January 6, 2011 in Nation/World

Shooter was new to school

Gunman, 17, kills vice principal, self
Josh Funk Associated Press
 
Associated Press photo

An unidentified student is united with a loved one in Omaha, Neb., on Wednesday outside the Millard South High School after a student shot two school administrators, one fatally.
(Full-size photo)

OMAHA, Neb. – The son of a police detective opened fire at a Nebraska high school Wednesday, fatally wounding the assistant principal and forcing panicked students to take cover in the kitchen of the building just as they returned from holiday break.

The gunman, who had attended the school for no more than two months, also wounded the principal before fleeing from the scene and fatally shooting himself in his car about a mile away.

Authorities declined to speculate about why the suspect, identified as 17-year-old Robert Butler Jr., targeted the administrators.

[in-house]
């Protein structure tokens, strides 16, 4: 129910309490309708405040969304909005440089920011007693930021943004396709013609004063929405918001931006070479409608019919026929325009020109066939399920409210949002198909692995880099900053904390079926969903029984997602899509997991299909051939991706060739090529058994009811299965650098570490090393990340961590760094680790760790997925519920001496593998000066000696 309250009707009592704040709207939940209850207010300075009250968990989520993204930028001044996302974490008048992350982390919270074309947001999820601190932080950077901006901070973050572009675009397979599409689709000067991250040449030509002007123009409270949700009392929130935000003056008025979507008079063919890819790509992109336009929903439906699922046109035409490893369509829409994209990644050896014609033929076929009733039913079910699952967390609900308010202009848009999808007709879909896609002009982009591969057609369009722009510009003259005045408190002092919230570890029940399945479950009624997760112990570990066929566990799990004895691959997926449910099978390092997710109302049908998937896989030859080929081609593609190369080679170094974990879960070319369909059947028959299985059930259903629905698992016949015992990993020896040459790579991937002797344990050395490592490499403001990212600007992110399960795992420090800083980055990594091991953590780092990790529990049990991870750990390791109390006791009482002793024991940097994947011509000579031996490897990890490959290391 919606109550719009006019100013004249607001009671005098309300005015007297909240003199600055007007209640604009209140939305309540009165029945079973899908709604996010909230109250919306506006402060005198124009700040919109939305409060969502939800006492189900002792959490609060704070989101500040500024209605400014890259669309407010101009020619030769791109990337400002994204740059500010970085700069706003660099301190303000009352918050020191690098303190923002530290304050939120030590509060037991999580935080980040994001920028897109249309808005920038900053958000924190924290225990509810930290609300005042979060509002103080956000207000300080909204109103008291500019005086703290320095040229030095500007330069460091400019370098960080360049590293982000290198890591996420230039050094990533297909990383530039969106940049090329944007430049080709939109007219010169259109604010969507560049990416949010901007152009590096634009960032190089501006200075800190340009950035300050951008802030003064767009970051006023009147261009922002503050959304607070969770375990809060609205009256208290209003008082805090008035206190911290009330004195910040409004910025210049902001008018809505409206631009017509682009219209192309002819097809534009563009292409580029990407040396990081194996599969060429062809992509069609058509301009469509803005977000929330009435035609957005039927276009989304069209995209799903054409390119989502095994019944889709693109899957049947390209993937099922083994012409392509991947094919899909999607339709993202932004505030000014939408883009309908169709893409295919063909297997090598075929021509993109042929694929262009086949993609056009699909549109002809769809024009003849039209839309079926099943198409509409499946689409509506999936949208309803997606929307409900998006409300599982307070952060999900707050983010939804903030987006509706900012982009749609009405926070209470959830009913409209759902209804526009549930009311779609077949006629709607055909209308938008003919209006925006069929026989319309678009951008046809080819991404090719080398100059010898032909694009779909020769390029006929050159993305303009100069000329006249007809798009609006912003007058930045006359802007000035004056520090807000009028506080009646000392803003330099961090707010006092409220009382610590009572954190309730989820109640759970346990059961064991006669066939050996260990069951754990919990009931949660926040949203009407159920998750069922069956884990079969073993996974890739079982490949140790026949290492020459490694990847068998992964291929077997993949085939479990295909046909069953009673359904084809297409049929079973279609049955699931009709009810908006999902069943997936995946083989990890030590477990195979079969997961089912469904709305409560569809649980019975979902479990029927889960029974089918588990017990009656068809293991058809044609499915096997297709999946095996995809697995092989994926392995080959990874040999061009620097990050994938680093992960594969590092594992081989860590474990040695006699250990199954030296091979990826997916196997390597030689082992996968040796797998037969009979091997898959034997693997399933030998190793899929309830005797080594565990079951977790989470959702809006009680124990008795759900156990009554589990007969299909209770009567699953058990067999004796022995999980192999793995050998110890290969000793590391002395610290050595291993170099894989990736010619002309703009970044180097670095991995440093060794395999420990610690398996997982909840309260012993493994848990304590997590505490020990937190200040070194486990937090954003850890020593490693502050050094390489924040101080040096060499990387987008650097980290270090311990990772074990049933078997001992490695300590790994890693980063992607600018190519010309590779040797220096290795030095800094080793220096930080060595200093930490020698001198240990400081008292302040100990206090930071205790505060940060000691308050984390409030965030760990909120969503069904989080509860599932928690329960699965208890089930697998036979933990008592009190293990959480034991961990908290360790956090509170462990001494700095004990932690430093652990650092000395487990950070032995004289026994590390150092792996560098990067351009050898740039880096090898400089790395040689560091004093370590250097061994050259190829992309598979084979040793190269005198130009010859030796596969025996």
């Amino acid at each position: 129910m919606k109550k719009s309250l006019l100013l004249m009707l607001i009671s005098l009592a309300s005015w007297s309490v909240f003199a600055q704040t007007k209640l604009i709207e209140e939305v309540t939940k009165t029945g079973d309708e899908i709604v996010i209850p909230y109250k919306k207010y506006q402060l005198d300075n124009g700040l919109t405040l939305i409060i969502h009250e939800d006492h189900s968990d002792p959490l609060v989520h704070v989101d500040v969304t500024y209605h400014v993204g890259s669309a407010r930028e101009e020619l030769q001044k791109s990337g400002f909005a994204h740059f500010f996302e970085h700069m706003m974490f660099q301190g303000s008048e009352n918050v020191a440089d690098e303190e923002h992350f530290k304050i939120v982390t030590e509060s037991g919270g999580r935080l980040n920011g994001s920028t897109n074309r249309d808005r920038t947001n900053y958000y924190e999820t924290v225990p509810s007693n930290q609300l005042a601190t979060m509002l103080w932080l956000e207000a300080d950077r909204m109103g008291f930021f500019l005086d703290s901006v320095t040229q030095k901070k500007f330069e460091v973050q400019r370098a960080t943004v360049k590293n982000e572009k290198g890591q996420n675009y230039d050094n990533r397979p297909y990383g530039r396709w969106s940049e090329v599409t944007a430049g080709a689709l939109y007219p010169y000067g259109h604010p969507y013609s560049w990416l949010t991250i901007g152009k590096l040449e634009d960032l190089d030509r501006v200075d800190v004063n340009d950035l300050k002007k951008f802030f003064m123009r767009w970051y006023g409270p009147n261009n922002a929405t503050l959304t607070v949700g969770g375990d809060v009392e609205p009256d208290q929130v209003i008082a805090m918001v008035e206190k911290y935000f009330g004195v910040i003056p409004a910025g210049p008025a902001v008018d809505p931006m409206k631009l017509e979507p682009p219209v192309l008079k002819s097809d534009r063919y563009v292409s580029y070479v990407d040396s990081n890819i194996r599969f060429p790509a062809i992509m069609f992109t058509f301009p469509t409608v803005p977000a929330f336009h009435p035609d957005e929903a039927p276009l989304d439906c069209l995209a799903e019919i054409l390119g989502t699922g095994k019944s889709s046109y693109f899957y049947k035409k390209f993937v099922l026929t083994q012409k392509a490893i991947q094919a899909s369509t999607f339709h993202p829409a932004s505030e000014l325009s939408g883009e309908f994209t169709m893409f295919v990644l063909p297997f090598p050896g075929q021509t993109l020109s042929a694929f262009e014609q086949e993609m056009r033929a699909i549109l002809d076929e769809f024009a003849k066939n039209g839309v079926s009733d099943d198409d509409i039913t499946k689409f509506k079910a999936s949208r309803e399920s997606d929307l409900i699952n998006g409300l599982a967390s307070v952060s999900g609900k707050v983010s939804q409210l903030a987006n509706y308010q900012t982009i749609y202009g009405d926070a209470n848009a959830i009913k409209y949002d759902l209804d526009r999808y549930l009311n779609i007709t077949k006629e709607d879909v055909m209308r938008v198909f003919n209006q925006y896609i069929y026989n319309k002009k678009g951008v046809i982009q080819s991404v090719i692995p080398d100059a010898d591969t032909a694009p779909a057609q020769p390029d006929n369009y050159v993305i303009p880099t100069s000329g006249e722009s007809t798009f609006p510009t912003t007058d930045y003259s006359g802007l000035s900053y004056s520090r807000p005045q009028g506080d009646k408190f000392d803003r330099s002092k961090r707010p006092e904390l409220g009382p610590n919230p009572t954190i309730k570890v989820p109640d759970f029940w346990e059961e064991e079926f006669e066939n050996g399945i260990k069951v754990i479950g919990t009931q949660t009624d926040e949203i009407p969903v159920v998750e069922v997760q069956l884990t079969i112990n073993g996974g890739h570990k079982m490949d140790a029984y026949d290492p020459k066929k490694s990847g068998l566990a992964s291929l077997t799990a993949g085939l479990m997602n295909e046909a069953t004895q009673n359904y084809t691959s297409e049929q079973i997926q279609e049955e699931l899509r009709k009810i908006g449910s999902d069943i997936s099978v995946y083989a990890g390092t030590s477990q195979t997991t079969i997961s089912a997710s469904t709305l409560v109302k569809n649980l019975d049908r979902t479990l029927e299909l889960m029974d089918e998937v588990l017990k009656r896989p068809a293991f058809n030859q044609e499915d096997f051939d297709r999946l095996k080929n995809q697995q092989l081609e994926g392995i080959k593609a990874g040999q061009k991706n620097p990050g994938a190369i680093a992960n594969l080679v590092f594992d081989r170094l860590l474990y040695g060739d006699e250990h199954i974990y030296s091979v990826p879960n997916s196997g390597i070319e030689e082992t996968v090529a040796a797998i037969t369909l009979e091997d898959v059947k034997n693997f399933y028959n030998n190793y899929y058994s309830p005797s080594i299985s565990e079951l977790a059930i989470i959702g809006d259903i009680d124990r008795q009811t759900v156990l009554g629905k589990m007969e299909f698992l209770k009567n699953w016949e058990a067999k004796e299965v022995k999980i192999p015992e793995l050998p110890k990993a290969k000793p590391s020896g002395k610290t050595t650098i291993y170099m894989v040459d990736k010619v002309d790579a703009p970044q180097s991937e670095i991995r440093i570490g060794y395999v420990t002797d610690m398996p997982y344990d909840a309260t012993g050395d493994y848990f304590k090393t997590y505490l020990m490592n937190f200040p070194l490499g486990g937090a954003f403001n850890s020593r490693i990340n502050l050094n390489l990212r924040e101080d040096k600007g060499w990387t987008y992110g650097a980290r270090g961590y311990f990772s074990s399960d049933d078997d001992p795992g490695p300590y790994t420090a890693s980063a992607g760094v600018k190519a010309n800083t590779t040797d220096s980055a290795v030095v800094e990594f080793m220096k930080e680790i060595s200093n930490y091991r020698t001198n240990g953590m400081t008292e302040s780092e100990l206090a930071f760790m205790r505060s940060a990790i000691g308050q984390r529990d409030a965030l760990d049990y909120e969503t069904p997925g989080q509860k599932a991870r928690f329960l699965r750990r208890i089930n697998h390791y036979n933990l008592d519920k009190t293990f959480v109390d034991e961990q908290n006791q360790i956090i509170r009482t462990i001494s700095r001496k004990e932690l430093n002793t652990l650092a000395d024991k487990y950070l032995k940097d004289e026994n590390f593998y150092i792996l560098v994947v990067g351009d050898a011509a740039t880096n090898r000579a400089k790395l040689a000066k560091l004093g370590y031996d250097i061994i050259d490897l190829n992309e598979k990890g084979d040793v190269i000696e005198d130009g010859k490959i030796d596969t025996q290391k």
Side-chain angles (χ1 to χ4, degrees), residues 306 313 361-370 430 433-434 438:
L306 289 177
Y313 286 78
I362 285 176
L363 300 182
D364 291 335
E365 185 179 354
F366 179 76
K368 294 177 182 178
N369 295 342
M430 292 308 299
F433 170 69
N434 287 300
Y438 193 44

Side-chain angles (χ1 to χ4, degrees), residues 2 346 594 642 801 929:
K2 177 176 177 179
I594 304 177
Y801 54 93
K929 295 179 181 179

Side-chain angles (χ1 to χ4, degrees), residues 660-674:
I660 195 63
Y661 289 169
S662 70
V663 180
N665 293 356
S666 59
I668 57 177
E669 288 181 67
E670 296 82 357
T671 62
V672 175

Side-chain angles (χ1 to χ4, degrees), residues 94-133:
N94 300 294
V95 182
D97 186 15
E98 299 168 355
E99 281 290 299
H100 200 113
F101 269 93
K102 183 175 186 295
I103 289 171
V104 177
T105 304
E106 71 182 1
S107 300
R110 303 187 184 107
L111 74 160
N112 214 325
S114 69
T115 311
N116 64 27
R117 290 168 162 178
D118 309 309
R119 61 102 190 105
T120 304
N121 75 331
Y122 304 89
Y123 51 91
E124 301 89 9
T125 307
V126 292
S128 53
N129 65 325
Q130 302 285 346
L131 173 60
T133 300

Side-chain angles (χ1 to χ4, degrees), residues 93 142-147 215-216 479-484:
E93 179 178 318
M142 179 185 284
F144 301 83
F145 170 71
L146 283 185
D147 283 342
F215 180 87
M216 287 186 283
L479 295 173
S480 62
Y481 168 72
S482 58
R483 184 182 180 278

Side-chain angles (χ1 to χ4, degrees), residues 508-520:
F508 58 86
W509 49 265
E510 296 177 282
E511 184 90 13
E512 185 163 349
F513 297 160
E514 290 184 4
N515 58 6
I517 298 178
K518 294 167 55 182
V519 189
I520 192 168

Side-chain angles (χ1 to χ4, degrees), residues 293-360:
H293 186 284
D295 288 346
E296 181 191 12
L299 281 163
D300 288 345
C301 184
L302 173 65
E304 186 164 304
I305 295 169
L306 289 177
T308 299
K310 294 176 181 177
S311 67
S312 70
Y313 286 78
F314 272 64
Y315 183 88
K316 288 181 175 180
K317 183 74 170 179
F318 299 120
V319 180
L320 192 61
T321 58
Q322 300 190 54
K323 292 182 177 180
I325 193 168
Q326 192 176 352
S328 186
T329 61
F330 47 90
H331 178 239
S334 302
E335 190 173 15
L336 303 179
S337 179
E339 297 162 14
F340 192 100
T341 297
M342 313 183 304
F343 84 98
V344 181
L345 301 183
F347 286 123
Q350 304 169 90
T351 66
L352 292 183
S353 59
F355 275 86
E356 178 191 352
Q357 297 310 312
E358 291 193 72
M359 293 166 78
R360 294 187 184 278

Vice Principal Vicki Kaspar, 58, died at a hospital hours after the shooting, police said. Principal Curtis Case, 45, was listed in stable condition.

Butler’s stepgrandfather, Robert Uribe, said the news still seemed unreal to him Wednesday evening and didn’t seem to fit with the polite teen he knew.

“I have no idea what led to this,” said Uribe, who last saw Butler about a month ago. Uribe said nothing appeared to be wrong at that time.

Lincoln school officials declined to provide details about Butler’s student record. But Lincoln Southwest High School Principal Rob Slauson said Butler was involved in few, if any, activities before transferring to the new school.

“I think it’s safe to say that in the yearbook, there was one picture of Robert Butler, and that was his school picture,” Slauson said.

Police Chief Alex Hayes provided no details on the weapon Butler used or how he obtained it. Butler’s father is a detective for the Omaha Police Department. Investigators were interviewing the seven-year veteran to learn more about what may have led to the shooting.

Authorities first received reports of the shooting around 12:50 p.m. The school was immediately locked down, but within two hours, students were being released in groups.

When the first group of students emerged, parents began applauding. Some of the students smiled, raised their hands in the air and flashed a V for victory sign.

The school on the west side of Omaha has about 2,100 students.

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